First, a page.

Programmers Working For Equity


7

I've been having so much trouble finding a programmer to work with. I don't have the money to pitch out to hire a developer, I've tried and failed to code on my own, and I rarely get responses from anyone else. any suggestions? are there programmers out there who would actually work for equity only? and has anyone tried the findthetechguy guide?

Co-Founder Equity

asked Apr 1 '11 at 15:27
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User9107
36 points
  • I will never work for equity only. This is taking double risk. 1) no pay 2) risk that startup will fail. – Ross 8 years ago
  • SOy ou look for a smart idiot? Smart because programmers have to be, idiot because he wastes a LOT of money he can get as a contractor for working into a non-funded startup? Lottery ticket instead of payment? – Net Tecture 8 years ago
  • 1. Do you bring something to the table other than an idea? Previous successful startups, funding in place, your dad is a VC, an MBA from Harvard? 2. Do you offer meaningful equity, in the 50% range? If you answered no to either question, people with ideas are plentiful, developers who will work for equity are not. – Tony Ben Brahim 8 years ago

9 Answers


3

The real problem in finding a programmer who will work for equity only is that such a situation is only viable for someone who can make ends meet without drawing a salary. Independently wealthy developers comprise a very small subset of the community.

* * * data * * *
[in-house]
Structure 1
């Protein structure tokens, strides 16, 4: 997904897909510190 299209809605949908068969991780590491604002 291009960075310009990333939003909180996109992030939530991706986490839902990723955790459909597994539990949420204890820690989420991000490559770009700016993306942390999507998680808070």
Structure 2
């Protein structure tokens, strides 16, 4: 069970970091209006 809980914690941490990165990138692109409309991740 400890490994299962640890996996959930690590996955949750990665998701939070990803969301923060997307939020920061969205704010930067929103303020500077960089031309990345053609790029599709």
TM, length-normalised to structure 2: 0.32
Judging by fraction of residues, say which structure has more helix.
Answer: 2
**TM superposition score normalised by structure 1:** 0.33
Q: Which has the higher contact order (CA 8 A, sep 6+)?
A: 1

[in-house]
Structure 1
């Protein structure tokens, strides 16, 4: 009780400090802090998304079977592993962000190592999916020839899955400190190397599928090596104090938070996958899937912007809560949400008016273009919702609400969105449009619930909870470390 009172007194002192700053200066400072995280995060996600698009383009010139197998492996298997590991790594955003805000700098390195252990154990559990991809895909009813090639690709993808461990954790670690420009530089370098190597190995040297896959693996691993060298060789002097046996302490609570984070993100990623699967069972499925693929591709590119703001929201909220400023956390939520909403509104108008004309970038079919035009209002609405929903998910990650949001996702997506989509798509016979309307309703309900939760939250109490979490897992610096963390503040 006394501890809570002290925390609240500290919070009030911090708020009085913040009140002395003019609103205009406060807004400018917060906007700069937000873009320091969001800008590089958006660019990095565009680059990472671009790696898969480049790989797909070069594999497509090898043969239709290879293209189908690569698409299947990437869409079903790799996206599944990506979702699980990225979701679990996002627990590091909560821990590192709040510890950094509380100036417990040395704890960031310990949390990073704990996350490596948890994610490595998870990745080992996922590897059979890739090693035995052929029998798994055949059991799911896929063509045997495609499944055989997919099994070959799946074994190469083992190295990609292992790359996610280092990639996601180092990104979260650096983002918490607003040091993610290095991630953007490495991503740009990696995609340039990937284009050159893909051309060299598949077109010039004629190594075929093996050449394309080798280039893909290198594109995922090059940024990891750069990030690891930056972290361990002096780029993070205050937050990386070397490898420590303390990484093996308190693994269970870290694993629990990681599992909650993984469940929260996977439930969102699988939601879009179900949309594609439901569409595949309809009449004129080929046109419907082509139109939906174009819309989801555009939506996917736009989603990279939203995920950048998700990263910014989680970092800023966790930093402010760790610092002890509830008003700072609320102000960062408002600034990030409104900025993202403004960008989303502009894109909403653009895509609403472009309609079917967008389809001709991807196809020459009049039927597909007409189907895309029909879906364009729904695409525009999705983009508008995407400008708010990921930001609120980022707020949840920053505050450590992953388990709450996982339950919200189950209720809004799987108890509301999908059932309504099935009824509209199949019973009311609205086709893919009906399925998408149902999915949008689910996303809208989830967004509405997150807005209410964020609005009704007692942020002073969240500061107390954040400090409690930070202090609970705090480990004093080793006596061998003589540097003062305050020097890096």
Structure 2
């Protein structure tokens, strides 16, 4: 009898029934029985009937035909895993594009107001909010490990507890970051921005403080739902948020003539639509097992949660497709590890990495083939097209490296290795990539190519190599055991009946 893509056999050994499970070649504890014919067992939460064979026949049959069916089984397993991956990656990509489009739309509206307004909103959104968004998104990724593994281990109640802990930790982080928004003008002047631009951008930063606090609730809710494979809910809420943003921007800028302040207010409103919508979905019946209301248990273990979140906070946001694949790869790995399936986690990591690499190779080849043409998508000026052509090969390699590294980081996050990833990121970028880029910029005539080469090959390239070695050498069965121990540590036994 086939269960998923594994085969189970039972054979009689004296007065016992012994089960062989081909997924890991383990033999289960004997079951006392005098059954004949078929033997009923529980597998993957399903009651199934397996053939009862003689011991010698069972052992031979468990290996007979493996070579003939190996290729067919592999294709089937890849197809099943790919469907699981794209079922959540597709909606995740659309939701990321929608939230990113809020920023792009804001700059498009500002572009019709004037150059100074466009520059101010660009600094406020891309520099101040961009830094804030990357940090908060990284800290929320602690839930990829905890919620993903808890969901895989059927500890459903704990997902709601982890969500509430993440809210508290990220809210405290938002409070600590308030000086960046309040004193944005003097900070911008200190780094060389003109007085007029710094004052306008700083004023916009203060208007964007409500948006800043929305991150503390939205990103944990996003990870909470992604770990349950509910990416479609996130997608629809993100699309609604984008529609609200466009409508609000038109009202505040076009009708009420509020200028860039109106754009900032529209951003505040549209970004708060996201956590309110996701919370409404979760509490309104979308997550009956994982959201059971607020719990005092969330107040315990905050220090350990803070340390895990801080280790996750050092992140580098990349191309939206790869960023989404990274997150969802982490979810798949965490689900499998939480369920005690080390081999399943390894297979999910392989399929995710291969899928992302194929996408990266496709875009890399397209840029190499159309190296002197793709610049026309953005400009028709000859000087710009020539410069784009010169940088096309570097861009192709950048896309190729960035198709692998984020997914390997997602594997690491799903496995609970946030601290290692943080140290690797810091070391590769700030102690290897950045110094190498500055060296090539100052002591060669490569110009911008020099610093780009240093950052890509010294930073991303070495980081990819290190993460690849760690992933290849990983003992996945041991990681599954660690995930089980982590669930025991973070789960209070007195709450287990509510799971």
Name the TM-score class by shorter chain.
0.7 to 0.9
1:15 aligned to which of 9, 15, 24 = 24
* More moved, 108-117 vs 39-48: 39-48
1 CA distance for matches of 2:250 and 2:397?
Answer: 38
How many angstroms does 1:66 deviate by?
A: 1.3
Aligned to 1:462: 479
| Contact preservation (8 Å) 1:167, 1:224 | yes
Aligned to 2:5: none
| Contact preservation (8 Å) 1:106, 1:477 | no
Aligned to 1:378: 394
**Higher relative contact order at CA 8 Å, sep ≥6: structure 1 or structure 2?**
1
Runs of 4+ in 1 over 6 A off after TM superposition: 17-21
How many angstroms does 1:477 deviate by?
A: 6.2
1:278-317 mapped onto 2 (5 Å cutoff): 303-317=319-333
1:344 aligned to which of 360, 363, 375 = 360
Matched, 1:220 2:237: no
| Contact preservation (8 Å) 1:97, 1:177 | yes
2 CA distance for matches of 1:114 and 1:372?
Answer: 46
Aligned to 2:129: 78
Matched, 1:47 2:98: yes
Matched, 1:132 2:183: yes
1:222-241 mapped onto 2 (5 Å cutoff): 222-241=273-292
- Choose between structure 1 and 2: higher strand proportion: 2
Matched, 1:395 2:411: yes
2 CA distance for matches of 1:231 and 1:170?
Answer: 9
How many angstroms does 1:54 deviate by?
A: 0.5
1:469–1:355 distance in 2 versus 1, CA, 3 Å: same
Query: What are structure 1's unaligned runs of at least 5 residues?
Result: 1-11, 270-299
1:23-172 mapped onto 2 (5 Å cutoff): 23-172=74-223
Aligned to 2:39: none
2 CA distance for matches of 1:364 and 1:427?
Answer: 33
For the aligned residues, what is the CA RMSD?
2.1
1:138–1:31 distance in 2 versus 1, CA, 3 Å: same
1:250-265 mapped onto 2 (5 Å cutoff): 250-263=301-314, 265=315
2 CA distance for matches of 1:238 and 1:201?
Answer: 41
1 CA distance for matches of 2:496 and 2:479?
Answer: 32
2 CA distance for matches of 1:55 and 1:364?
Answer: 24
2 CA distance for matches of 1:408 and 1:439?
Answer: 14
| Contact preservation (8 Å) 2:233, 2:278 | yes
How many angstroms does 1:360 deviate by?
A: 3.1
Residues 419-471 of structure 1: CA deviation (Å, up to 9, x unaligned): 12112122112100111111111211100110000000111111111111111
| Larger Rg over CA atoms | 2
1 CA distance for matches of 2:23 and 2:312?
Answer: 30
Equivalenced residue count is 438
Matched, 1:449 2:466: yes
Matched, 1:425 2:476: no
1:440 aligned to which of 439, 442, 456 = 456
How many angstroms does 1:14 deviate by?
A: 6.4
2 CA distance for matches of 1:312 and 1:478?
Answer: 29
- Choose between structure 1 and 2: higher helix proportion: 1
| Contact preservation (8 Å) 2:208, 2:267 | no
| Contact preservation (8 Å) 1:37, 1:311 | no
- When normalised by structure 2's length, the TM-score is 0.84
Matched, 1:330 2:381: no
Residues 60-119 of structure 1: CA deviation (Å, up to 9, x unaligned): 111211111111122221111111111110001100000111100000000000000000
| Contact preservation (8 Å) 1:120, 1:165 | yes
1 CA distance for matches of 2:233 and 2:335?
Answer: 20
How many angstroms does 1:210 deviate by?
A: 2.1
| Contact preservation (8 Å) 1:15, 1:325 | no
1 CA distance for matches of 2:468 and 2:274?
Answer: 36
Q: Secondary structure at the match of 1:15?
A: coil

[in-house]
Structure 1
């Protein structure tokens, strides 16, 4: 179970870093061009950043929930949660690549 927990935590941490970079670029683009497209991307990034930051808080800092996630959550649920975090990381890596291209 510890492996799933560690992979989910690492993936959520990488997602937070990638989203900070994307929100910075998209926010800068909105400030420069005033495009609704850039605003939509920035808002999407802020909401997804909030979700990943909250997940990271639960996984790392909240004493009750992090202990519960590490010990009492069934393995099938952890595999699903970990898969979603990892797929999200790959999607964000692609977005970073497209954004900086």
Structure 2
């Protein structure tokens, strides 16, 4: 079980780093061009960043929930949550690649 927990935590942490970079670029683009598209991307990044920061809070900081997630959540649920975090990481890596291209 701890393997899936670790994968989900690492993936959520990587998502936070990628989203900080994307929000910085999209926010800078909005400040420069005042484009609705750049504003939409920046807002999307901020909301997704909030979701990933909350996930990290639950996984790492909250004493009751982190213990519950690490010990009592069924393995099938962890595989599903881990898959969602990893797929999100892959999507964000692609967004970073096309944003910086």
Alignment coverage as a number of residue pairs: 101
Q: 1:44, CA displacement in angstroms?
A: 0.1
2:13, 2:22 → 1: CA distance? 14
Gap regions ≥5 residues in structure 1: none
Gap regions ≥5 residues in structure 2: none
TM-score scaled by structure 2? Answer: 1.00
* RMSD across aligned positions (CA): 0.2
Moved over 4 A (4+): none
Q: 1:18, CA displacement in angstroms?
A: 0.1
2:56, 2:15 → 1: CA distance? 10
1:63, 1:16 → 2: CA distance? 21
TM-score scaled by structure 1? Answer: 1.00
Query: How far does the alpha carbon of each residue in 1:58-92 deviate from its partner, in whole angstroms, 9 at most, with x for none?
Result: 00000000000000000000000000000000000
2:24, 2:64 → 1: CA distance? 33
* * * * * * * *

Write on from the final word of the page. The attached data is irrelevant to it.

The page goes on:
To locate such folk in your area, you'll want to crawl the local business press to identify software companies that have recently been acquired. At least a few of the engineers there will have gotten enough of a pay-out that they will be able to forgo a salary and be highly risk-tolerant.

Just be prepared to blow them away with your idea and a real co-founder's share. Once an engineer has "F-U money" they're not going to take kindly to being nickle-and-dimed.

answered Apr 2 '11 at 02:41
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Adam Crossland
297 points
  • I dont think such programmers are rare. Freelaqncer programmers arn a lot of money, and some months off are always possible without too much hassle. The main reason is: this is a SIGNIFICANT contribution in money for a small non funded startup. – Net Tecture 8 years ago

2